Defendant Class Actions: A Unicorn Survival Guide

The Fourth Circuit’s opinion in Bell v. Brockett, No. 18-1149 (4th Cir. Apr. 25, 2019), posits that “[d]efendant class actions are so rare they have been compared to unicorns.” But what may be even rarer is an opinion, like Bell, in which a court opines on the fundamental and concerning nature of the district court’s clear errors regarding the appointment of class counsel, but nonetheless decides not to reverse. 

Bell arises from the (“Zeek”) fraud scheme. Zeek offered participants the opportunity to share in revenues generated by Zeek’s supposed online auction business. In reality, Zeek participants made money only when other participants paid into the scheme, “necessarily robb[ing] Peter to pay Paul.” As with most Ponzi and pyramid schemes, the influx of participants—and, thus, of funds—dried up, leaving many participants with less money than they paid into Zeek (the “Net Losers”), and a small minority of participants with more (the “Net Winners”).

When the SEC discovered the scheme, it filed an enforcement action in the Western District of North Carolina. The district court appointed Kenneth Bell as Zeek’s Receiver. Bell filed a defendant class action against the Net Winners, seeking to use their winnings to compensate the Net Losers for injuries suffered as a result of Zeek’s fraud. The district court certified the class, but did not appoint class counsel until well into the case’s liability phase. In making the appointment, the court did not address the Rule 23(g) factors regarding whether class counsel is adequate to represent the class. No class member objected to the timeliness of the appointment or to the court’s failure to consider the Rule 23(g) factors. 

After the liability phase of the case concluded (with the district court granting Bell’s motion for summary judgment), after numerous defendant class members resolved the claims against them, and after the district court entered final judgment, a number of defendant class members moved to decertify based on class counsel’s alleged inadequacy. The decertification motions did not raise the district court’s failure to timely appoint class counsel or to analyze the Rule 23(g) factors. The district court denied both motions, and the class members appealed. For the first time, in its appeal, the defendant class members argued that the district court abused its discretion by failing to appoint class counsel at certification and to consider the Rule 23(g) factors.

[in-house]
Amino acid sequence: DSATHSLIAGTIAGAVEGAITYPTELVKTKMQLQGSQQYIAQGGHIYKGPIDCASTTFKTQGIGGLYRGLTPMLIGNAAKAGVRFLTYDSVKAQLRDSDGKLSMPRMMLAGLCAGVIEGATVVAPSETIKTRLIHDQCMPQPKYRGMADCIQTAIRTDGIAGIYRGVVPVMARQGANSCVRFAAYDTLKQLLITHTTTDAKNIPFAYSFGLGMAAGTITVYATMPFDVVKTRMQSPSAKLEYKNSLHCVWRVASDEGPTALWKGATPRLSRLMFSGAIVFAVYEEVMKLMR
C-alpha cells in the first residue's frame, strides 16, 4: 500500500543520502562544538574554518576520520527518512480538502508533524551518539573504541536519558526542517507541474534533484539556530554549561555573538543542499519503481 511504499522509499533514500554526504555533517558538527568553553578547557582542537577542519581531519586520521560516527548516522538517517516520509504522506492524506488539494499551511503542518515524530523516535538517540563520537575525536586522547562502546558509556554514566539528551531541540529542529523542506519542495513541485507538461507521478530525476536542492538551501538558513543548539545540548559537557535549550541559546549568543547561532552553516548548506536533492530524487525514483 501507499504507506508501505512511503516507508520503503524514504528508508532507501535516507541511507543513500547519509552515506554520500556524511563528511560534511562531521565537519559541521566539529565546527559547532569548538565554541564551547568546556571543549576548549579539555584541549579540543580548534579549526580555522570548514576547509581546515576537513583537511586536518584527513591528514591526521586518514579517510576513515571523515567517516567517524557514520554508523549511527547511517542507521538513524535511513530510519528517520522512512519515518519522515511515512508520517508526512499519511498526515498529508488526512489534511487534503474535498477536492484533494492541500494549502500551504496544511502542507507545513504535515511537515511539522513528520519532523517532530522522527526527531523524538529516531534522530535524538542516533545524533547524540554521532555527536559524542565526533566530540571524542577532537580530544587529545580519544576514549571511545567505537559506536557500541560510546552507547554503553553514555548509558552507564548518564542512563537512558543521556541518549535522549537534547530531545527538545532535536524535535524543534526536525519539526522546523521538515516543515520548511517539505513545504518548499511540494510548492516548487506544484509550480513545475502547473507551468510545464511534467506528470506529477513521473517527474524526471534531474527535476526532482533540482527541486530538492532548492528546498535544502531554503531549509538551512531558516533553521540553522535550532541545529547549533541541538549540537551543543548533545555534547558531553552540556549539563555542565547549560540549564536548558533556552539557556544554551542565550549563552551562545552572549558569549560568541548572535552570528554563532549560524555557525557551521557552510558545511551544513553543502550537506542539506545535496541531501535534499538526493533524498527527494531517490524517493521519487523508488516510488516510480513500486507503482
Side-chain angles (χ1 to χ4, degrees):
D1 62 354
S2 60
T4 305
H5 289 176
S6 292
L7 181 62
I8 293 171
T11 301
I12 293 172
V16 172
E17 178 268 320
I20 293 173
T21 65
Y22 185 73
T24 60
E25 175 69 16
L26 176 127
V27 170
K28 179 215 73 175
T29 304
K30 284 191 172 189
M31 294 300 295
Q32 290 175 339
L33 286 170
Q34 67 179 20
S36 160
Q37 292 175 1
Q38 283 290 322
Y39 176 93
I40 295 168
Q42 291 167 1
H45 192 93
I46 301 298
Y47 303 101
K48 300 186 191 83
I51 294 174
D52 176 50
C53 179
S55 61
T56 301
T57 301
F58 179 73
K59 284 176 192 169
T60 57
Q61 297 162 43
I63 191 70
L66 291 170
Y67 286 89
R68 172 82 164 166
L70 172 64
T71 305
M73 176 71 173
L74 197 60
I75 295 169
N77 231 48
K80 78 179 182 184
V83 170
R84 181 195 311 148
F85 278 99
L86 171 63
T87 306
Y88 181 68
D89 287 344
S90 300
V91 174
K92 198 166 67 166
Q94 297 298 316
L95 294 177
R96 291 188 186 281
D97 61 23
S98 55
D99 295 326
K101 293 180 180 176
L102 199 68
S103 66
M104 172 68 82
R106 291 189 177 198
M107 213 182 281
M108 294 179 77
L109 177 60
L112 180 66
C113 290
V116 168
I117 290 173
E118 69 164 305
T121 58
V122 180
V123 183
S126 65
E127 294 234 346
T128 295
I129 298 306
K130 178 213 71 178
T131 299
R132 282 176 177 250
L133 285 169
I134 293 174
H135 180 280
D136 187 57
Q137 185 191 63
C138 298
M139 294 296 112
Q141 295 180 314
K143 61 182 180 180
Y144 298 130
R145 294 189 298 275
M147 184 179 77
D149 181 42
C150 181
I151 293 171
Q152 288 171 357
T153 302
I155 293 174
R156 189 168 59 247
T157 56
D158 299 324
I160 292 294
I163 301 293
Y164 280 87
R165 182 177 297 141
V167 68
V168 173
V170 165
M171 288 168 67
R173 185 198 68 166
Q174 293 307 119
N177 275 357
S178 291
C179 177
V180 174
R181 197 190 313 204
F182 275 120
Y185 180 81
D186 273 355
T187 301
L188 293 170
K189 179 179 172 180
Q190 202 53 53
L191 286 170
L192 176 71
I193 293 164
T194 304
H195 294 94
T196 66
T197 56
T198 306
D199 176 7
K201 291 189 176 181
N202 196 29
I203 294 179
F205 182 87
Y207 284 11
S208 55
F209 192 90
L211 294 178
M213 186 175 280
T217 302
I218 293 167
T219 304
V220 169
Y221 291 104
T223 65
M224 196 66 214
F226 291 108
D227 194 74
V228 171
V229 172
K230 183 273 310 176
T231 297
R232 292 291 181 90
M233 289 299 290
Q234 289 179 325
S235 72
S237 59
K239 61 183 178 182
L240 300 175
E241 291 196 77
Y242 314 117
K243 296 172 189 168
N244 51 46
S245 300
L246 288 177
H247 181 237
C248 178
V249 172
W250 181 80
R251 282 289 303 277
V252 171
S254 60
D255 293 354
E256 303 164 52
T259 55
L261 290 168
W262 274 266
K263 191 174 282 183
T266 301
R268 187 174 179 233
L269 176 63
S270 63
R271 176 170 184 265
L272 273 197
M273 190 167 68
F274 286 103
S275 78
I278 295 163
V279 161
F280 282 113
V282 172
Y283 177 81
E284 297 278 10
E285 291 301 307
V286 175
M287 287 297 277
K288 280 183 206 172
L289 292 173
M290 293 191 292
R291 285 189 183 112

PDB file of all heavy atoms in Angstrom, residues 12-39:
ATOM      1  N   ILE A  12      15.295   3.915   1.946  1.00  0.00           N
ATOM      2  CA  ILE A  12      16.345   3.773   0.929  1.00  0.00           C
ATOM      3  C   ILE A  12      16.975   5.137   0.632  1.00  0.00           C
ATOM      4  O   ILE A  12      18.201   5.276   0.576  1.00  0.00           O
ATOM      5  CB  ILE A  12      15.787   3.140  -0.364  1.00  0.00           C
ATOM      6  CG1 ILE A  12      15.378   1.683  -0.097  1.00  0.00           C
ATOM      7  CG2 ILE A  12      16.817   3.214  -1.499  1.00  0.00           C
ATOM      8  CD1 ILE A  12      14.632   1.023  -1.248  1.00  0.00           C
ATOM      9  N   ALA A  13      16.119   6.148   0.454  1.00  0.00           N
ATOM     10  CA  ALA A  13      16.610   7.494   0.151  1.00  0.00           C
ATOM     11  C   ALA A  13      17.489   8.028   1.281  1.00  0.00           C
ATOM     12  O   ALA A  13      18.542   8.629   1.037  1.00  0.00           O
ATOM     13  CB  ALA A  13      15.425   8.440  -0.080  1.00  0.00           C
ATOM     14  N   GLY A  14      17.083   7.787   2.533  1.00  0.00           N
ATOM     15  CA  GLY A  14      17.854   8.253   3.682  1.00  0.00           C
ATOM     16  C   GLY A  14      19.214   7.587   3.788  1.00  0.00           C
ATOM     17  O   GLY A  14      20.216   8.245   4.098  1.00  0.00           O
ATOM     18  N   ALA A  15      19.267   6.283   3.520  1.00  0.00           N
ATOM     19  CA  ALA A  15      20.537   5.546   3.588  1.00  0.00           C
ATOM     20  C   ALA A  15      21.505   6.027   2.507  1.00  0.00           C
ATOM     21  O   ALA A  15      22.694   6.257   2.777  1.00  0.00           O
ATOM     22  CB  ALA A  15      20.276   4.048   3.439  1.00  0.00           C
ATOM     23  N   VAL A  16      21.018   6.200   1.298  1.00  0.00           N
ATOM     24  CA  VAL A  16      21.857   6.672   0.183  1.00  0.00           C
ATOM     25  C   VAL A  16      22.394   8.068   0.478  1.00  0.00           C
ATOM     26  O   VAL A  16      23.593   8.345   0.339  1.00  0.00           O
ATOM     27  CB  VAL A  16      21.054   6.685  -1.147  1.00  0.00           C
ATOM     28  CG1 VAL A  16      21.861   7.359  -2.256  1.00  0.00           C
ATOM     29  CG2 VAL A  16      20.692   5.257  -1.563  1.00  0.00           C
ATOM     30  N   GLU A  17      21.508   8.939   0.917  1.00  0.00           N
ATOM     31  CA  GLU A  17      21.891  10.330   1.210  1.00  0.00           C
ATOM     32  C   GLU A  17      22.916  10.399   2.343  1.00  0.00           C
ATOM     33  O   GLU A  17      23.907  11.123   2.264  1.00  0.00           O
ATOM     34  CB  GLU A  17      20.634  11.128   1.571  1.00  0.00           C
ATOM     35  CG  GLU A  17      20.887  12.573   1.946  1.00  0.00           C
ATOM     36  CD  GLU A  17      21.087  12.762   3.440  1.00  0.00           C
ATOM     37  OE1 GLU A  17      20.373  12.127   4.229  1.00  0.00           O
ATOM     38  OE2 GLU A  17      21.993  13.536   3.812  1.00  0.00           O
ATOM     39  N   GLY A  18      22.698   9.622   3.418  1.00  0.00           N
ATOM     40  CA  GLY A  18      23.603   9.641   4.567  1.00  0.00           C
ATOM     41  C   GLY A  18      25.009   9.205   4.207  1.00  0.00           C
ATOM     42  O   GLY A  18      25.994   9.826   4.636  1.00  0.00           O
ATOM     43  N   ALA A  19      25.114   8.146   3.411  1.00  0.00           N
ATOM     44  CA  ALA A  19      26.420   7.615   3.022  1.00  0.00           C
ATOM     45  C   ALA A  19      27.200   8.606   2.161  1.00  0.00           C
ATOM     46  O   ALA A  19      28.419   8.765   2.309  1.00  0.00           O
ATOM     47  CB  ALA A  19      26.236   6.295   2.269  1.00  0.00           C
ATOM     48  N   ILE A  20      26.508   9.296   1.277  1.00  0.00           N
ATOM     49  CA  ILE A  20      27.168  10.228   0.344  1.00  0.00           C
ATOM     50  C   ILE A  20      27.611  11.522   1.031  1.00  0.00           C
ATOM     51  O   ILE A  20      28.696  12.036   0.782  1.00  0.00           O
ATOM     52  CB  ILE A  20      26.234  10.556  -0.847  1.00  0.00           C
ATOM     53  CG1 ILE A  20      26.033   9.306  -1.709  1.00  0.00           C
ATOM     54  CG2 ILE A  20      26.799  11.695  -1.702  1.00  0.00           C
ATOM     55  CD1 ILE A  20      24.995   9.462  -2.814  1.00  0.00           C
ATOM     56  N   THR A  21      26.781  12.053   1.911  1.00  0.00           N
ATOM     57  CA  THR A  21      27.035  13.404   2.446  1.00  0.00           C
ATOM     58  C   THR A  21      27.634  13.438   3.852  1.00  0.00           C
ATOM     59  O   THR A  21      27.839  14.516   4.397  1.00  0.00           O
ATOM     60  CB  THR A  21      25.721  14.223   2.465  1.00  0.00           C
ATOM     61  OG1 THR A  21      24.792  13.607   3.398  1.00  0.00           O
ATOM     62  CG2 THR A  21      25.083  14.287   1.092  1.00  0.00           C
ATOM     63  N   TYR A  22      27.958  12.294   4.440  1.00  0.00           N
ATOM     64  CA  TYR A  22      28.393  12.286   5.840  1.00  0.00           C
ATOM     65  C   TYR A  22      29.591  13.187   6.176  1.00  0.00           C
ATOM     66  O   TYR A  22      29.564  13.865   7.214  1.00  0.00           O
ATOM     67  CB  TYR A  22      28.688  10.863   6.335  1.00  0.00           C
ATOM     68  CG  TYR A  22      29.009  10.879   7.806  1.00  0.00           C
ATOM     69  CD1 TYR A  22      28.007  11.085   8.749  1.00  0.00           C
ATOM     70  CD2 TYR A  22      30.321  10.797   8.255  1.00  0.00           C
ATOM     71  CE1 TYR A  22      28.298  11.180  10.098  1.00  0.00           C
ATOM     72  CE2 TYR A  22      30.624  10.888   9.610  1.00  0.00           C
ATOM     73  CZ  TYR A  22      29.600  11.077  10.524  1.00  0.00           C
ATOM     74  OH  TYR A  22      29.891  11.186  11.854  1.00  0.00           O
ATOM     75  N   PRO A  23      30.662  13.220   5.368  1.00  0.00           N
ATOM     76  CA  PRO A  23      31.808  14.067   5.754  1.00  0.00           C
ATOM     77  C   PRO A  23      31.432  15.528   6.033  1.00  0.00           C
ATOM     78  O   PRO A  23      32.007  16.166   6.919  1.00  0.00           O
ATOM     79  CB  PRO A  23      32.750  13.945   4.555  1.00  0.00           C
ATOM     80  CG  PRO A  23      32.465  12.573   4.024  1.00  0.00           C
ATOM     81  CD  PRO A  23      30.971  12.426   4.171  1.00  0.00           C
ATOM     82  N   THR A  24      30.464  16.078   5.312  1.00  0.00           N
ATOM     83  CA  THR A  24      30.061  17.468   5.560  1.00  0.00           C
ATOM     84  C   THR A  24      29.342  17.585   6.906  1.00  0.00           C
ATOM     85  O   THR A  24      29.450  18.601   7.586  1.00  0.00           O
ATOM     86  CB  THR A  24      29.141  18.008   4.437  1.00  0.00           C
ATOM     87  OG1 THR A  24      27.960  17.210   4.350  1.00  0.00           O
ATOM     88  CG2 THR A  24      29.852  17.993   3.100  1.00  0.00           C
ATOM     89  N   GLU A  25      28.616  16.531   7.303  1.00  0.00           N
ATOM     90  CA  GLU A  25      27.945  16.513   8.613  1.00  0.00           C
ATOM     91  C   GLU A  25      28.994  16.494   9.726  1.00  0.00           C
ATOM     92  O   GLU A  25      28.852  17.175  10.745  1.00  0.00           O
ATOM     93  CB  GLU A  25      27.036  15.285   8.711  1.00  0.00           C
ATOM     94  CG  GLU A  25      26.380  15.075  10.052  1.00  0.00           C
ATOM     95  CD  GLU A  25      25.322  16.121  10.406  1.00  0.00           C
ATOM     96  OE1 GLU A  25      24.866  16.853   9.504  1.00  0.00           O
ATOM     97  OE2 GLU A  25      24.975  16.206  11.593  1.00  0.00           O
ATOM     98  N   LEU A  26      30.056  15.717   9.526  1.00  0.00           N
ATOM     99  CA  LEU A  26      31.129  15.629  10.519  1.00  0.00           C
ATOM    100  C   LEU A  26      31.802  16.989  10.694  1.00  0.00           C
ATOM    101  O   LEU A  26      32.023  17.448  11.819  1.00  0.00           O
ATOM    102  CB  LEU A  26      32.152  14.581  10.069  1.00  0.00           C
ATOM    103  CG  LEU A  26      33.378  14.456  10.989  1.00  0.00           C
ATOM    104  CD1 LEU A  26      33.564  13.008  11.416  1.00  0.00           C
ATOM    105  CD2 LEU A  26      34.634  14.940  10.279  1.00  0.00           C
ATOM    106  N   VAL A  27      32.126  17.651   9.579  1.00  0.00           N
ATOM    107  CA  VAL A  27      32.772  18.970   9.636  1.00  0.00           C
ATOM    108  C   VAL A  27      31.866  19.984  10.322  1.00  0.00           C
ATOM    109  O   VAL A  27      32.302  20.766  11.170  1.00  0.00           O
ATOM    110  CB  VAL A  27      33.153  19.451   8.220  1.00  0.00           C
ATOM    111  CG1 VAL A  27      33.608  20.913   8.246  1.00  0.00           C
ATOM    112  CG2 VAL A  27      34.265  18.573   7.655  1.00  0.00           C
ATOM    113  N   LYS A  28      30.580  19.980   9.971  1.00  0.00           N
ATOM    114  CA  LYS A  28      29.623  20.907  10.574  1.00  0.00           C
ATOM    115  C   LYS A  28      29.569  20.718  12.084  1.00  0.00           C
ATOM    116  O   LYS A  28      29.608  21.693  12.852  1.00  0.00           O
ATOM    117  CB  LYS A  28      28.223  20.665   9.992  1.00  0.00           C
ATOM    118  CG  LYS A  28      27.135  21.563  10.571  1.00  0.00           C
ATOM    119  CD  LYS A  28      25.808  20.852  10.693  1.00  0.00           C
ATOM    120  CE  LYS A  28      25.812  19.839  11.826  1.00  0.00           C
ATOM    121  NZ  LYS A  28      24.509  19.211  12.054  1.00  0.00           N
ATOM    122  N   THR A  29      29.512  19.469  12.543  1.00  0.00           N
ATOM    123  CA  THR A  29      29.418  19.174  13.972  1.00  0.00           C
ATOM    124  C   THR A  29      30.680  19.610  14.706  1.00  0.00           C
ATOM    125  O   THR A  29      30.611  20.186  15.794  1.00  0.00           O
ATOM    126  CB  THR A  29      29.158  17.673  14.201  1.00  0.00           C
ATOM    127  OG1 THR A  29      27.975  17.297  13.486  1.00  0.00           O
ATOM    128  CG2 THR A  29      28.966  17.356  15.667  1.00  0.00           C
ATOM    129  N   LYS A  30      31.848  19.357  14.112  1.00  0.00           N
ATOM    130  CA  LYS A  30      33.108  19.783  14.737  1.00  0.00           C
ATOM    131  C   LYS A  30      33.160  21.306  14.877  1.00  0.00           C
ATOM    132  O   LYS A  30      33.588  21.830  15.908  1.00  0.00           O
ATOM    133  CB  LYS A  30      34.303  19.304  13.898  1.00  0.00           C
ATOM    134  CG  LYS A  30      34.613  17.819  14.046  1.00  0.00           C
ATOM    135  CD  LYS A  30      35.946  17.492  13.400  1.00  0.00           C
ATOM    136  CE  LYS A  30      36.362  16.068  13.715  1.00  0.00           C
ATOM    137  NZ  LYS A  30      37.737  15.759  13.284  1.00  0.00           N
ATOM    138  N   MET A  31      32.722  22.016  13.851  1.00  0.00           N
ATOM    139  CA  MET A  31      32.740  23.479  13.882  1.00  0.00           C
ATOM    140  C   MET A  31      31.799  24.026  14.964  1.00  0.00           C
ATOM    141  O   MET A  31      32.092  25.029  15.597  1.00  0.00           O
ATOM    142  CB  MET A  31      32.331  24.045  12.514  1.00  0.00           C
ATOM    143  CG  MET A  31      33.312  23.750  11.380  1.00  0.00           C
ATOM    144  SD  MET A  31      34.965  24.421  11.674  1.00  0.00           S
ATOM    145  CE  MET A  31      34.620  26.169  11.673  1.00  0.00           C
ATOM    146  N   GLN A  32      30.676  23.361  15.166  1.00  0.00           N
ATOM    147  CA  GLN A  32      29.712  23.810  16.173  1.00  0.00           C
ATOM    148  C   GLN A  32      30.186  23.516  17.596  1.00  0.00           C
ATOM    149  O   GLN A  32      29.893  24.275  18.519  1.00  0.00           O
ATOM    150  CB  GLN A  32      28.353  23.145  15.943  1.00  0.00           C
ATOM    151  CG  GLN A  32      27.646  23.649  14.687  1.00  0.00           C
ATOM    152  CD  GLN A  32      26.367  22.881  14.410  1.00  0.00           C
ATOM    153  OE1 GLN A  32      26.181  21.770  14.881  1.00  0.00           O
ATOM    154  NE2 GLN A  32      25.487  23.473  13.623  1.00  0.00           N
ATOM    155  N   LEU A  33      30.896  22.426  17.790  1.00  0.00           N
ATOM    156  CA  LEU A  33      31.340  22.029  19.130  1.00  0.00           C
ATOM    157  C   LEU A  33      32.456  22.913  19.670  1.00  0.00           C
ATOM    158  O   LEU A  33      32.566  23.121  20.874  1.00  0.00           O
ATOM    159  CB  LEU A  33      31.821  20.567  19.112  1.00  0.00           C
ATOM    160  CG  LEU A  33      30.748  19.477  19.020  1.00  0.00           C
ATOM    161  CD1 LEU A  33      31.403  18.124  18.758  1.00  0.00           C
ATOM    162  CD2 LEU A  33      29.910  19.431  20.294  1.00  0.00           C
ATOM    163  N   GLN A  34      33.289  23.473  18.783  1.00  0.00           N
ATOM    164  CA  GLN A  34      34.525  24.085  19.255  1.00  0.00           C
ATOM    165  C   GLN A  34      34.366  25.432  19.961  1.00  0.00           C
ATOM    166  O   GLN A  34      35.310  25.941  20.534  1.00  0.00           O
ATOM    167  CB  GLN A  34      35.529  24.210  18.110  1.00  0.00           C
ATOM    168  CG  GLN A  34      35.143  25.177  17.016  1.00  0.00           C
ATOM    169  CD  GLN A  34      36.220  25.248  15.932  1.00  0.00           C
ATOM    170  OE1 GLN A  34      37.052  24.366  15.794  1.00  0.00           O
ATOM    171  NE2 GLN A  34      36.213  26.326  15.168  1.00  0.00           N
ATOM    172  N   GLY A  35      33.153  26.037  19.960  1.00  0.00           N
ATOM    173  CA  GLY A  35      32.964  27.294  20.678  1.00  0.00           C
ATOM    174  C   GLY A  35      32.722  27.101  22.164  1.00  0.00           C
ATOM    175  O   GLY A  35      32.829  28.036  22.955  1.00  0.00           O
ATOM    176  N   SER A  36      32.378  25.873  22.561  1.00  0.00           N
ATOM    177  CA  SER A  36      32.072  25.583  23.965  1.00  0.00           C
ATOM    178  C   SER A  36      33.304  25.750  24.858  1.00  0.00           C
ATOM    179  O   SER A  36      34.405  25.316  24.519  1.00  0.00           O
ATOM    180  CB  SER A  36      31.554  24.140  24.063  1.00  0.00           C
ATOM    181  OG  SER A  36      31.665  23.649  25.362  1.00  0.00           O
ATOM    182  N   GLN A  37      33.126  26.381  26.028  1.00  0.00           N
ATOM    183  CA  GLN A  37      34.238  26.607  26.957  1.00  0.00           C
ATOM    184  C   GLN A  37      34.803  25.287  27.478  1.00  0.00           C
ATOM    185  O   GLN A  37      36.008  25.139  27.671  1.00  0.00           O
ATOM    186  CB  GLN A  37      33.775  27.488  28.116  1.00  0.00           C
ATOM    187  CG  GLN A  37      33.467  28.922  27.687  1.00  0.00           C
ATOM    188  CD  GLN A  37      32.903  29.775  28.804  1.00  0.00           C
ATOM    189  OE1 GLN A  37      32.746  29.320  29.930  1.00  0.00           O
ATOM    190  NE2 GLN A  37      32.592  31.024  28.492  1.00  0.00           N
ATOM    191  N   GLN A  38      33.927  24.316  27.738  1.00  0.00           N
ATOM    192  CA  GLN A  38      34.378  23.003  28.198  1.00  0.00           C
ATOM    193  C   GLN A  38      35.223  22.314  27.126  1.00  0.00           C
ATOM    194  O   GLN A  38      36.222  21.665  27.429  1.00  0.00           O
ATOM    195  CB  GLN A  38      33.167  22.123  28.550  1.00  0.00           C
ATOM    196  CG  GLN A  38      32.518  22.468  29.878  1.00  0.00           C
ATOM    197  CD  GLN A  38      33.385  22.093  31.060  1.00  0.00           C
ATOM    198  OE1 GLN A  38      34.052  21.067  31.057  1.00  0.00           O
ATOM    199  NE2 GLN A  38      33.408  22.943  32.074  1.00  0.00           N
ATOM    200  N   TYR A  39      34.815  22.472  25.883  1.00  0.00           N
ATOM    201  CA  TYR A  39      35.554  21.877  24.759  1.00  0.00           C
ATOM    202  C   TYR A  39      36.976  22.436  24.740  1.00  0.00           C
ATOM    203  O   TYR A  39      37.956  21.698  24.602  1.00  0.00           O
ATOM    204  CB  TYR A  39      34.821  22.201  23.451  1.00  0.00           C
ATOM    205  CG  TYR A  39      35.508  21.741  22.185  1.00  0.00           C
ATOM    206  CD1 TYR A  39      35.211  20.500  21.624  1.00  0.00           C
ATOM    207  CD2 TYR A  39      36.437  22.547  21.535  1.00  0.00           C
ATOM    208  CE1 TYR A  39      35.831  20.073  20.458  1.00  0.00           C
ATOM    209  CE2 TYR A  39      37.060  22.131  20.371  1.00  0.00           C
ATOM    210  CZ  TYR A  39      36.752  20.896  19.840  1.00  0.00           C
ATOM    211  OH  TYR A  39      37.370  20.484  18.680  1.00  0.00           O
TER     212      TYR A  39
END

Evaluating the timing of class counsel’s appointment, the Fourth Circuit held that Rule 23(c)(1)(B) contains a clear requirement that “a court must appoint class counsel at the time of certification.” Similarly, in evaluating the district court’s failure to consider the Rule 23(g) factors, the Fourth Circuit stated that Rule 23(g)’s plain text sets forth four factors that courts must consider in appointing class counsel: “(1) the work counsel has done in identifying or investigating potential claims . . . ; (2) counsel’s experience in handling class actions [and similar cases]; (3) counsel’s knowledge of the applicable law; and (4) the resources that counsel will commit to representing the class.” The Court emphasized that these factors “provide critical safeguards against the due process concerns inherent in all class actions” and are “especially important for a defendant class action where due process risks are magnified” because “an unnamed class member can be . . . subjected to a judgment compelling the payment of money or other relief without ever being individually served with a lawsuit.” The Court then held that the district court failed to comply with both requirements—which apply equally to plaintiff and defendant class actions.

Notwithstanding its emphasis on the importance of these requirements and its finding that the district court violated both, the Fourth Circuit affirmed the district court’s denial of decertification. It did so in reliance on several factors unique to Bell:

  • No defendant class member objected to the district court’s failure to appoint class counsel at certification or to consider the Rule 23(g) factors before the case reached the Fourth Circuit;
  • The defendant class members had an opportunity to obtain separate counsel to challenge individually the proposed judgments against them;
  • The litigation had progressed so far that the district court had deemed the defendant class liable, more than 2,500 defendant class members had finally resolved the claims against them, and the Net Losers had received distributions; and
  • The defendant class members offered no evidence indicating that the district court’s errors caused them any harm.

Even after Bell, parties involved in both traditional plaintiff and “not so noble” defendant class actions should adhere closely to Rule 23’s requirements regarding the timing of and factors to consider when appointing class counsel. Absent the unicorn-like features that saved Bell, failure to comply with Rule 23 leaves parties exposed to significant risk of decertification.